As someone almost always focused on “getting there” or “making it”, I’ve been struggling lately with 1) the idea that my destination may be different than I had always imagined it and 2) that I have no idea where in the hell I even want my destination to be anymore. Which is a good thing–I don’t want to make choices for my life that I feel I am “supposed” to make, like the time when I was 12 and got bangs just like the most popular girl in our class (bad, wildly unattractive decision). So to avoid the awkward growing out period again, I’m doing a lot of questioning and evaluating and reflecting.
I need to set some goals–some real goals. Not off-the-top-of-my-head goals, like how I want to scale Mt. Kilimanjaro or wear less stretch pants–you know, the stuff that sounds cool or that you know you should do. I found these questions on a website and am using them to frame my writing exercise today.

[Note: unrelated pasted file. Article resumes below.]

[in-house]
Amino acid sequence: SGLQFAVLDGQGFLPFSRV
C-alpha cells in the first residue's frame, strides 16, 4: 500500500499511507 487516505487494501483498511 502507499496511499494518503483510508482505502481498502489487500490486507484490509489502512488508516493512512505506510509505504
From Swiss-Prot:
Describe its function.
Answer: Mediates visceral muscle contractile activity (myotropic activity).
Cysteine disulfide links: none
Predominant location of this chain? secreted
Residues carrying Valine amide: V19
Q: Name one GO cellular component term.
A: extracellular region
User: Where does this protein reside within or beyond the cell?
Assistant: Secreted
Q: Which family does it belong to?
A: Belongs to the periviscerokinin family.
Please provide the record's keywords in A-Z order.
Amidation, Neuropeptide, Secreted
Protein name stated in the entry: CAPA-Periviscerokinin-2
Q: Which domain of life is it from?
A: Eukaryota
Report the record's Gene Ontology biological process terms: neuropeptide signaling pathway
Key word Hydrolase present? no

Time to pull out that notebook, skeptic, and start penciling in some goals. Here are seven questions to get the ball rolling:
1. What are the eight things you value most in life?
2. In 30 seconds or less, write down the three most important goals in your life right now.
3. What would you do if you won $1 million?
4. What would you do if you only had six months to live?
5. What have you always wanted to do but have been afraid to attempt?
6. In looking back at all the things you’ve done, what gives you your greatest feeling of importance?
7. What one great thing would you dare to dream if you knew you could not fail?
Sounds like some pretty solid questions to me. Do you have set goals–the kind you have written down, the kind that other people know and will hold you accountable for? Please share–I’m interested.
I’ll keep you posted.
High Five of the Day: The man waiting for the Red Line at Fullerton wearing a “Binford Tools: Real Men Don’t Need Directions”. You know, like from the 90s tv show “Home Improvement”? My Dad and I used to watch “Home Improvement” religiously and still love watching reruns together. How awesome that this guy 1) procured a shirt advertising a fictitious tool show and 2) still wears it in public, 10 years after the show went off air.